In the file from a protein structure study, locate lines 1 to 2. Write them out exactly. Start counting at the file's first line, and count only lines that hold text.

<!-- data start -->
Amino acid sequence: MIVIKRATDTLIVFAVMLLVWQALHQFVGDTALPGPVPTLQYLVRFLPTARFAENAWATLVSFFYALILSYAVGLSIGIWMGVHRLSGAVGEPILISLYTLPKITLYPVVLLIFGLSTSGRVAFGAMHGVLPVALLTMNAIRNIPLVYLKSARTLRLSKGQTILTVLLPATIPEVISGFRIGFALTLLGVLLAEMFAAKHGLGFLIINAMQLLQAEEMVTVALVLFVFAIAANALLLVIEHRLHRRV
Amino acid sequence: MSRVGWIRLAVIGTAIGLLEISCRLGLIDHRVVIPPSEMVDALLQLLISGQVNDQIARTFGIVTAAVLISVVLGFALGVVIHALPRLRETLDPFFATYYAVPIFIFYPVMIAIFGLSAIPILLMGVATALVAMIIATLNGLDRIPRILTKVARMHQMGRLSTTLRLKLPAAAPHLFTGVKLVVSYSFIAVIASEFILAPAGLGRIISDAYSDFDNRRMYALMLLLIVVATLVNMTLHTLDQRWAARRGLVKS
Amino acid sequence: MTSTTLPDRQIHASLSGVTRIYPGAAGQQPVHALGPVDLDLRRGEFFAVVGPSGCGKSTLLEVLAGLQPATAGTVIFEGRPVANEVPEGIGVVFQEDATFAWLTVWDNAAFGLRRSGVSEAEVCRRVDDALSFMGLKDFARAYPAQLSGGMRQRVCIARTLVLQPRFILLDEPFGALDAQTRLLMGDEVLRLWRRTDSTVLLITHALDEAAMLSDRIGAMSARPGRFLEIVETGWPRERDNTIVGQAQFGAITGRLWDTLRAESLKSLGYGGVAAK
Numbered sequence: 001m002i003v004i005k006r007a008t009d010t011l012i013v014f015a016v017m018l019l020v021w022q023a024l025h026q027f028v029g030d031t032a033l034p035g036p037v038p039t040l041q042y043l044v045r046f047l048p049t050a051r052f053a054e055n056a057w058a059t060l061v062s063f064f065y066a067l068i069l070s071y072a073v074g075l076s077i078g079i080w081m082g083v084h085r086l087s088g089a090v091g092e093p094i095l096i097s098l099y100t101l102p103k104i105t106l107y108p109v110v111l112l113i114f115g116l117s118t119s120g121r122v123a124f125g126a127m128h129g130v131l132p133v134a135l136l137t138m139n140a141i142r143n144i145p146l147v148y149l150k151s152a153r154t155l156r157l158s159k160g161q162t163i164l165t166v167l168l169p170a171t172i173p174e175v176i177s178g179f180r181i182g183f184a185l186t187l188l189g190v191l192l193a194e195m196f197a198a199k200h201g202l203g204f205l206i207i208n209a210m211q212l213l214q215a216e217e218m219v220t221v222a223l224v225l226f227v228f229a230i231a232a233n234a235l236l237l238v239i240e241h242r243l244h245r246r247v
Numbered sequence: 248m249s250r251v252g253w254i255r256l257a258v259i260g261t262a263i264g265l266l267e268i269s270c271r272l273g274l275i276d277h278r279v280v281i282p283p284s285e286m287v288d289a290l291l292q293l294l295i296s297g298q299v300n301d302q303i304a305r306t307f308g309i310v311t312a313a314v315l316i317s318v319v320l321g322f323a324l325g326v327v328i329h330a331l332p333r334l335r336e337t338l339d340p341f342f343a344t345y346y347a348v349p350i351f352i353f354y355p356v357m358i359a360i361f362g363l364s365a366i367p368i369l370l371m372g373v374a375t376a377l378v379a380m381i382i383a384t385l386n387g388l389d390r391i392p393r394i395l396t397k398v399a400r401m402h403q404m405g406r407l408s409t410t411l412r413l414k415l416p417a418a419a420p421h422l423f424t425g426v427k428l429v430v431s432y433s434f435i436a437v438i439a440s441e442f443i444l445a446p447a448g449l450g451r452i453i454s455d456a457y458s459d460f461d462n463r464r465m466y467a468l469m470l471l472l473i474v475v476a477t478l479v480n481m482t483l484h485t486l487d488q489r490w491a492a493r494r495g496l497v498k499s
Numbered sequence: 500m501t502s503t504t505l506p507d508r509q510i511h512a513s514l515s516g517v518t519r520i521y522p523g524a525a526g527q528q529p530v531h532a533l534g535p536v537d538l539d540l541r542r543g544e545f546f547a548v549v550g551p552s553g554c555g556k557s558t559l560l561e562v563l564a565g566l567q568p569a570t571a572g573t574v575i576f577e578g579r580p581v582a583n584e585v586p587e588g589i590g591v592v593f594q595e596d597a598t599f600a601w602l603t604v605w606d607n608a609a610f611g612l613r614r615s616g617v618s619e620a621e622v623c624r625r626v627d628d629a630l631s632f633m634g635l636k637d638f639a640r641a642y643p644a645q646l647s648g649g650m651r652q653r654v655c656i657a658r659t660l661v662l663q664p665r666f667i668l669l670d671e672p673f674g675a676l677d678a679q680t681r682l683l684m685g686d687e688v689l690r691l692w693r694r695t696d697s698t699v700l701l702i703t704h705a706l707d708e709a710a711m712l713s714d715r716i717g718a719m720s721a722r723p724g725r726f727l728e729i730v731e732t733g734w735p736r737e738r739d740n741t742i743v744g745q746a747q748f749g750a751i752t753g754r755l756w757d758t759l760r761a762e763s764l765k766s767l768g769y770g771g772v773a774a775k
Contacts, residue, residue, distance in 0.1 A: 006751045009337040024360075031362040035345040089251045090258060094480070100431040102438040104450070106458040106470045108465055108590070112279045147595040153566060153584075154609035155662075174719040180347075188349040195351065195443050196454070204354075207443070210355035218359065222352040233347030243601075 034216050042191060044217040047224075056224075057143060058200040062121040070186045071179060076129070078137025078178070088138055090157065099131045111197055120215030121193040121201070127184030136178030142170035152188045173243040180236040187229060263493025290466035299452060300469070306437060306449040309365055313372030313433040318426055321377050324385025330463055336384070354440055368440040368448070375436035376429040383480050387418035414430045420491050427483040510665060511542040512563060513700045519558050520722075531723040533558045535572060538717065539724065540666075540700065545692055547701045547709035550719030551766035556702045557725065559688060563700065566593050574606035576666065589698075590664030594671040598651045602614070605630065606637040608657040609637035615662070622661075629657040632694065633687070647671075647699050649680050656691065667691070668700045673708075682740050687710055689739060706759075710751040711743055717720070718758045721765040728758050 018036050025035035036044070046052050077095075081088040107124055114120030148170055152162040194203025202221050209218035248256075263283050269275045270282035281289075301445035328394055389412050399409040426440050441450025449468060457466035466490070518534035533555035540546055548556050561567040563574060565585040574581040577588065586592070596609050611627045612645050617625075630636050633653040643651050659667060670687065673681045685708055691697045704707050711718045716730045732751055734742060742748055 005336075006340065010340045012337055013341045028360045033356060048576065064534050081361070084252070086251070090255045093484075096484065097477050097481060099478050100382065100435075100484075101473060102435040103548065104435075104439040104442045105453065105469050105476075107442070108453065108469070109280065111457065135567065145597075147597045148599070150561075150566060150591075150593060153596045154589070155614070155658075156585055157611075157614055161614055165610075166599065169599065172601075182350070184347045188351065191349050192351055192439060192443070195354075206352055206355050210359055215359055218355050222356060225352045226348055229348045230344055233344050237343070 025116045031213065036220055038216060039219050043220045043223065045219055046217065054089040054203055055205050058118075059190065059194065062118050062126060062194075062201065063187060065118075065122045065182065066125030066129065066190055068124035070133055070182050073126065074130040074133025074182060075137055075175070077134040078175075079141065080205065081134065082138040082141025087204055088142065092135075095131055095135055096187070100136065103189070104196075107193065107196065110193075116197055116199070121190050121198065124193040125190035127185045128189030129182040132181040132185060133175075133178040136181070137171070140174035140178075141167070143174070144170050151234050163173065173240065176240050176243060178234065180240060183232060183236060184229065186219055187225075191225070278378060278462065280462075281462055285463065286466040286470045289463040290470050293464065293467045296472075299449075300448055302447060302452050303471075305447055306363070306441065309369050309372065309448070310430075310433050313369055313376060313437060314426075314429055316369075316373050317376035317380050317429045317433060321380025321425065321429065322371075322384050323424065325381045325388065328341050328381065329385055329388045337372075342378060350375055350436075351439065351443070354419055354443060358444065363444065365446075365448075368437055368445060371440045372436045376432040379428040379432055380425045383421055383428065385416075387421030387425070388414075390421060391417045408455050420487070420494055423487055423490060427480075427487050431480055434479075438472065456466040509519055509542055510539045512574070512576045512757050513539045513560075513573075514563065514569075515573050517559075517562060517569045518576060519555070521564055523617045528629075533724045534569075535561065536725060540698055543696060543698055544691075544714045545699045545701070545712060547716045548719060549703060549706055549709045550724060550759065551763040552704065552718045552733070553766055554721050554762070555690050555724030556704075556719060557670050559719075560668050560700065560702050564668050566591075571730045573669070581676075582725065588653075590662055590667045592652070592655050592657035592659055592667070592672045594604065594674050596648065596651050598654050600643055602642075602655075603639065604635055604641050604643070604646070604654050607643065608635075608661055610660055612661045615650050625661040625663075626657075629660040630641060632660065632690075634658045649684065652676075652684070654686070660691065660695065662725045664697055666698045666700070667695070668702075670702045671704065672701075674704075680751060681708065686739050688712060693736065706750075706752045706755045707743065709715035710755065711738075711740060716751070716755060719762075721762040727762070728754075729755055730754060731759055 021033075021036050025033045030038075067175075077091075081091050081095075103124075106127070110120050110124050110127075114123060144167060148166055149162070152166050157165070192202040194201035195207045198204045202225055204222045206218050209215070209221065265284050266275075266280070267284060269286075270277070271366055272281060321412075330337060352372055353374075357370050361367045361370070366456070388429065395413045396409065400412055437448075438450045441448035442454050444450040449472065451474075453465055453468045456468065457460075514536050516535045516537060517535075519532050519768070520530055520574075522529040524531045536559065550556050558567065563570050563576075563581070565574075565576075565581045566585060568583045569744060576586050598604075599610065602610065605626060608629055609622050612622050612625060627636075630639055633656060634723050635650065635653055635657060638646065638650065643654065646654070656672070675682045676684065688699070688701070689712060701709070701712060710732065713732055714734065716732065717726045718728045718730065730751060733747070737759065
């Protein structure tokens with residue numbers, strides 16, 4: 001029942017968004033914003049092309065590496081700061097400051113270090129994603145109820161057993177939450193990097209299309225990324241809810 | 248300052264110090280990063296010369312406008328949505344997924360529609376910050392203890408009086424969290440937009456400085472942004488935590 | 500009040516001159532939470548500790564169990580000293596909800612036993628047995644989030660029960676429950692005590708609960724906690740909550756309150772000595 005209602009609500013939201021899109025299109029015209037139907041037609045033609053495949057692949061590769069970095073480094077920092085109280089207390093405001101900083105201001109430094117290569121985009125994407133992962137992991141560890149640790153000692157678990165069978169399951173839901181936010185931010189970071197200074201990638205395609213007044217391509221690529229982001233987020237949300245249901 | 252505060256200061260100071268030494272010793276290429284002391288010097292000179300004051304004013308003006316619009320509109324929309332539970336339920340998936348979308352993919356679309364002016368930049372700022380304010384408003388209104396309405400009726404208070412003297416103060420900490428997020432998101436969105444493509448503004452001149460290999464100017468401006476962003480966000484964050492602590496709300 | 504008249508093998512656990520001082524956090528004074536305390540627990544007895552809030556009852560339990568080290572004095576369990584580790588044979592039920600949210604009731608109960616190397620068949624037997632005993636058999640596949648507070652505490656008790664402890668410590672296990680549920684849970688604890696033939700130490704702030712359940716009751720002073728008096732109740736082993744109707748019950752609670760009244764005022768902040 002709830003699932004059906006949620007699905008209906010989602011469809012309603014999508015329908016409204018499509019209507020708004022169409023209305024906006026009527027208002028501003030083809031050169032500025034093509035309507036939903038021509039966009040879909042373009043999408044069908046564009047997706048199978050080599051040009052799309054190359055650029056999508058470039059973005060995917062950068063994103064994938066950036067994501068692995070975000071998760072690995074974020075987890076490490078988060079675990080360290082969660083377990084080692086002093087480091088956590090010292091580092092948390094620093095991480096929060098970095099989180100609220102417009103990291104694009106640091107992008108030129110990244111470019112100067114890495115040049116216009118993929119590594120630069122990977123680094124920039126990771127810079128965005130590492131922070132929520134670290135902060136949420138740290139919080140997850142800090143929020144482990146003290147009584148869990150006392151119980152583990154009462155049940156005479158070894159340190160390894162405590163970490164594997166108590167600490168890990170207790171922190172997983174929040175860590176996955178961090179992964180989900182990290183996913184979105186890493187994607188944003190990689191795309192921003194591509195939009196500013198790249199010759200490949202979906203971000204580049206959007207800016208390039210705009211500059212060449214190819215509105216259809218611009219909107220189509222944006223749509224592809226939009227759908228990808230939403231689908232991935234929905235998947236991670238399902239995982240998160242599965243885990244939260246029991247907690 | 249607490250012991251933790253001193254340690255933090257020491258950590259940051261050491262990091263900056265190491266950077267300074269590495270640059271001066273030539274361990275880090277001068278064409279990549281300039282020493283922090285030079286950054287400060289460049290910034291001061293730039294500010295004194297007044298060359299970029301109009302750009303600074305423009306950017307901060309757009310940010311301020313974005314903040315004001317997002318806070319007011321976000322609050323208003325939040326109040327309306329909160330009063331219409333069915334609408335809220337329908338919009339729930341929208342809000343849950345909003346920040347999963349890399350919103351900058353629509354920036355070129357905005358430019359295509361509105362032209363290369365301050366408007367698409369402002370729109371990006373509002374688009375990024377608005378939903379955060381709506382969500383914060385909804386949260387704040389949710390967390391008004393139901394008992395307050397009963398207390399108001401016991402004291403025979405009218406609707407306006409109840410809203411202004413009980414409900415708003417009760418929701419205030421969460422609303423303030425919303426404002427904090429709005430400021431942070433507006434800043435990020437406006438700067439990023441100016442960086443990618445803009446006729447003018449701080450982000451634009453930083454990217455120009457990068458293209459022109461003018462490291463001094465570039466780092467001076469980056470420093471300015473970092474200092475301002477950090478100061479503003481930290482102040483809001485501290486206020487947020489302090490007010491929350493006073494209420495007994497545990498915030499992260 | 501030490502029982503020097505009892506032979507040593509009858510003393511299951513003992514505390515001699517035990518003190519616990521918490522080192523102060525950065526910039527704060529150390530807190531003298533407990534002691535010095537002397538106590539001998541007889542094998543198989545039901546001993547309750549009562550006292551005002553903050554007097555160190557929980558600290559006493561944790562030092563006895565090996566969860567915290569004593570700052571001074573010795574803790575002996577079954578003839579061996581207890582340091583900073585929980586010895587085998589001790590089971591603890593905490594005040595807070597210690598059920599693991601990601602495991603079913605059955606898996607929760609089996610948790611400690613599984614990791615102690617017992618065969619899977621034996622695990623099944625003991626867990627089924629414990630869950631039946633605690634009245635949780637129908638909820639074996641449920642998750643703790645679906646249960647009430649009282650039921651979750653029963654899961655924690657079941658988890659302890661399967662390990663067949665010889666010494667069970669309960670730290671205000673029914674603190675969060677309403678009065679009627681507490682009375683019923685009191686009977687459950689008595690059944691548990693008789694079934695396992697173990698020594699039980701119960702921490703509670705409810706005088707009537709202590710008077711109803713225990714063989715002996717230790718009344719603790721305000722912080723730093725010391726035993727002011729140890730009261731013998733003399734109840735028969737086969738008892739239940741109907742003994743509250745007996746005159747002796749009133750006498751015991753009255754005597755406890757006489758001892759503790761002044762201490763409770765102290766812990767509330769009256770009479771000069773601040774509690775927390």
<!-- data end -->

Amino acid sequence: MIVIKRATDTLIVFAVMLLVWQALHQFVGDTALPGPVPTLQYLVRFLPTARFAENAWATLVSFFYALILSYAVGLSIGIWMGVHRLSGAVGEPILISLYTLPKITLYPVVLLIFGLSTSGRVAFGAMHGVLPVALLTMNAIRNIPLVYLKSARTLRLSKGQTILTVLLPATIPEVISGFRIGFALTLLGVLLAEMFAAKHGLGFLIINAMQLLQAEEMVTVALVLFVFAIAANALLLVIEHRLHRRV
Amino acid sequence: MSRVGWIRLAVIGTAIGLLEISCRLGLIDHRVVIPPSEMVDALLQLLISGQVNDQIARTFGIVTAAVLISVVLGFALGVVIHALPRLRETLDPFFATYYAVPIFIFYPVMIAIFGLSAIPILLMGVATALVAMIIATLNGLDRIPRILTKVARMHQMGRLSTTLRLKLPAAAPHLFTGVKLVVSYSFIAVIASEFILAPAGLGRIISDAYSDFDNRRMYALMLLLIVVATLVNMTLHTLDQRWAARRGLVKS